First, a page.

Saturday, 20 March 2010

Hort Lawn Cemetery

I have always had a fascination with cemeteries. The famous Zentral Friedhof in Vienna was a favourite outing for me when I lived in Austria. It was filled with the “great and the good” and musically famous. It was the peace of the place, the fabulous trees and birdlife that drew me there, not to mention the prospect of an imagination run riot as I read the names on the memorials. Who were these folk? What were their lives like?
Today, my husband and I went for a long walk, part of which was a stroll through Wellington’s original cemetery (which closed in 1892). There is a section that was consecrated for Jewish burial, and 44 graves and memorials are still there.
To quote from a sign at the entrance to Hort Lawn, the Jewish Cemetery;
“In the 1840s many London Jews were struggling and the younger ones headed overseas to seek opportunities as merchants. In New Zealand they were allowed to establish businesses and buy land. The New Zealand Company settlement scheme offered new prospects, and by 1848 there were 61 Jews in NZ (28 of which were in Wellington). A number of prominent Jewish colonial families are represented here including Nathan, Cohen, Philips, Levy and Levin.”
Two of the Jewish graves are noted in the small leaflet that gives a history of the cemetery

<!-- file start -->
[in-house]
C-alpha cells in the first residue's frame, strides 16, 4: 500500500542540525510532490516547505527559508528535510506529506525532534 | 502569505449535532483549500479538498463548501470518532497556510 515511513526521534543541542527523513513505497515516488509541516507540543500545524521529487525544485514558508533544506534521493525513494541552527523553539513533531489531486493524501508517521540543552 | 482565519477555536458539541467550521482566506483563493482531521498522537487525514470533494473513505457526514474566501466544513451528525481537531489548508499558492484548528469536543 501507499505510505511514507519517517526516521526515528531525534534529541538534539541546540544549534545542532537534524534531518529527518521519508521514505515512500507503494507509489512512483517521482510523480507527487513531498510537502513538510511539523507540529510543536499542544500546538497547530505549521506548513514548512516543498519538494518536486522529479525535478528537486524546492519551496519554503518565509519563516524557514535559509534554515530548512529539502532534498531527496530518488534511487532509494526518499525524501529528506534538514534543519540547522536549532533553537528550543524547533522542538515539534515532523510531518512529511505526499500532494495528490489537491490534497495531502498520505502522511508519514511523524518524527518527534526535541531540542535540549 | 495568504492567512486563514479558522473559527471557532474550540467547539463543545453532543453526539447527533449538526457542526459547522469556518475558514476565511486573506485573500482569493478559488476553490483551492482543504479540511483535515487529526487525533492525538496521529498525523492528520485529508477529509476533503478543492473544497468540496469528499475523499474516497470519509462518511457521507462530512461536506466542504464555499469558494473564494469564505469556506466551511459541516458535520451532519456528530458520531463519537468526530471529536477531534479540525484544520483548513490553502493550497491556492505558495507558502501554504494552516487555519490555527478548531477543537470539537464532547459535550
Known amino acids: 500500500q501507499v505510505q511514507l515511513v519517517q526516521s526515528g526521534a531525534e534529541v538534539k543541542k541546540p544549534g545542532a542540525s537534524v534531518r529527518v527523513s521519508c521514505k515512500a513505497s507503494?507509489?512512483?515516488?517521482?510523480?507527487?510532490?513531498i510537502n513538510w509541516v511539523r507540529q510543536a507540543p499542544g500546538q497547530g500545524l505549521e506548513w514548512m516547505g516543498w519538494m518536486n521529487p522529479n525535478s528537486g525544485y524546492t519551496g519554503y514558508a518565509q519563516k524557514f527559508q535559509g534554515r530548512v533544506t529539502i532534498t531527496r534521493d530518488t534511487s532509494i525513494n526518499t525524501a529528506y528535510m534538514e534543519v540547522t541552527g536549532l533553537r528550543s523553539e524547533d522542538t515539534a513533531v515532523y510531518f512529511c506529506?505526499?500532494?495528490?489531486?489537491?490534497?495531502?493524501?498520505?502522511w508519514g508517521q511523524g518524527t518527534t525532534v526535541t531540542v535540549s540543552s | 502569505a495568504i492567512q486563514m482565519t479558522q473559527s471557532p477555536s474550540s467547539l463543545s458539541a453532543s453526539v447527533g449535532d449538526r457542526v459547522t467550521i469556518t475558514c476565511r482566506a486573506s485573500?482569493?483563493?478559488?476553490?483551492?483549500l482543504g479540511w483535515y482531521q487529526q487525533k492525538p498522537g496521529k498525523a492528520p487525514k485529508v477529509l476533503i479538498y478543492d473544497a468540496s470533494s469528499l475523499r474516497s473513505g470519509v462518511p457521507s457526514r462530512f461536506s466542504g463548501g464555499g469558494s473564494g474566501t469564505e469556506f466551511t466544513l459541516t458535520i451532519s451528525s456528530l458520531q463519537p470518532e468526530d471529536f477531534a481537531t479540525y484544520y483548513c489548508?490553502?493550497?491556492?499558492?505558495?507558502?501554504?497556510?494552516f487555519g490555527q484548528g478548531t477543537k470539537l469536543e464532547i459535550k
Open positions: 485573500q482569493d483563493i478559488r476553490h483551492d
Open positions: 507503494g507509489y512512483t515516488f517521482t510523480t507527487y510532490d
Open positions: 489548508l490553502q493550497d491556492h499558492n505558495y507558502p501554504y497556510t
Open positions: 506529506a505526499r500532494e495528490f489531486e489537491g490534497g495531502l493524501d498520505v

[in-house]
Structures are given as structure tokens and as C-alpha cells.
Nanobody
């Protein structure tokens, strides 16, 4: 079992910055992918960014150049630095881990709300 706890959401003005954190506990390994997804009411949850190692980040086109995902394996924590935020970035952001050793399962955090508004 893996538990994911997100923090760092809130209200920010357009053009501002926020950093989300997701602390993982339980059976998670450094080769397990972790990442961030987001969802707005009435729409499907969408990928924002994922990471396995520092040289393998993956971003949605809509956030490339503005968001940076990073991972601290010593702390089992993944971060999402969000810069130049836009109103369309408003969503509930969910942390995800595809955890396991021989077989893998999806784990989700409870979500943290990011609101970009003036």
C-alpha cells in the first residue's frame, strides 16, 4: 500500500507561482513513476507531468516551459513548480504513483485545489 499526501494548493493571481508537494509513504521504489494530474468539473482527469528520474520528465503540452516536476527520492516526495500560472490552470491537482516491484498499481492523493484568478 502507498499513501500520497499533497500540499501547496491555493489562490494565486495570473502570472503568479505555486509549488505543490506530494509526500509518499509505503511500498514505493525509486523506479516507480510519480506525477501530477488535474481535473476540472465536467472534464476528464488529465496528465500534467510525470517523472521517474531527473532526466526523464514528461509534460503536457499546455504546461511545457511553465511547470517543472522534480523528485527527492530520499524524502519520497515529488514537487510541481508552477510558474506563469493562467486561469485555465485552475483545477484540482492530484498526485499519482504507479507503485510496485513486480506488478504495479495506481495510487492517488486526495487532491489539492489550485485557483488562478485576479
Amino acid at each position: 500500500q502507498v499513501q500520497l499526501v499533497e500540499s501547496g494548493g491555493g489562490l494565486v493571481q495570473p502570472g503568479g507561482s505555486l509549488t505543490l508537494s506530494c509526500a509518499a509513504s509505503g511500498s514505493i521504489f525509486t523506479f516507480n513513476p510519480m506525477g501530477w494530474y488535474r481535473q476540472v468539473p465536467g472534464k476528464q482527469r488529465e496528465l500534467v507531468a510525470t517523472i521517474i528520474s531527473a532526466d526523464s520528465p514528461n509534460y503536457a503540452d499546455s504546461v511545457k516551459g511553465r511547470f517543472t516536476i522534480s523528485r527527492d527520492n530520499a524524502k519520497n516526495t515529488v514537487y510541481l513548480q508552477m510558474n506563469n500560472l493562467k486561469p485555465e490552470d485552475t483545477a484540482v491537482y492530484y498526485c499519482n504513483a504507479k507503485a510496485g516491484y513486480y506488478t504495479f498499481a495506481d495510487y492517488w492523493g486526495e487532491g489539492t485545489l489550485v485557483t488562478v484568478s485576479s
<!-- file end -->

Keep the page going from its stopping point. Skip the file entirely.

“Lipman Levy d. 1880 – In addition to importing boots, Lipman was one of the earliest members of the Wellington Philosophical Society. He was also involved in Wellington’s gold rush of the 1860s, opening a mine at south Makara. Lipman Street and Levy Street on Mt Victoria mark the site of his large house and garden”
“Benjamin Aaron Selig – When Selig was appointed Reader and Shohet (ritual slaughterer for kosher meat) in 1862, the Jewish community numbered fewer than 50 – not enough for him to make a living, so he took up watchmaking, which soon crowded out his religious duties”
I was saddened at the poor condition of many of the graves, Selig’s looked like it may have opened during an earthquake, it was so badly damaged.
So for your interest, stroll with me through a graveyard, divided in two (the main orbital motorway drives right through it).


rutimizrachi said...

Sad, and beautiful. Your photos always capture the heart of the moment. Thanks for the bit of NZ Jewish history!

Ilanadavita said...

Thank you for sharing with us this bit of Jewish history from the southern hemisphere.

Batya said...

I love those pink buildings.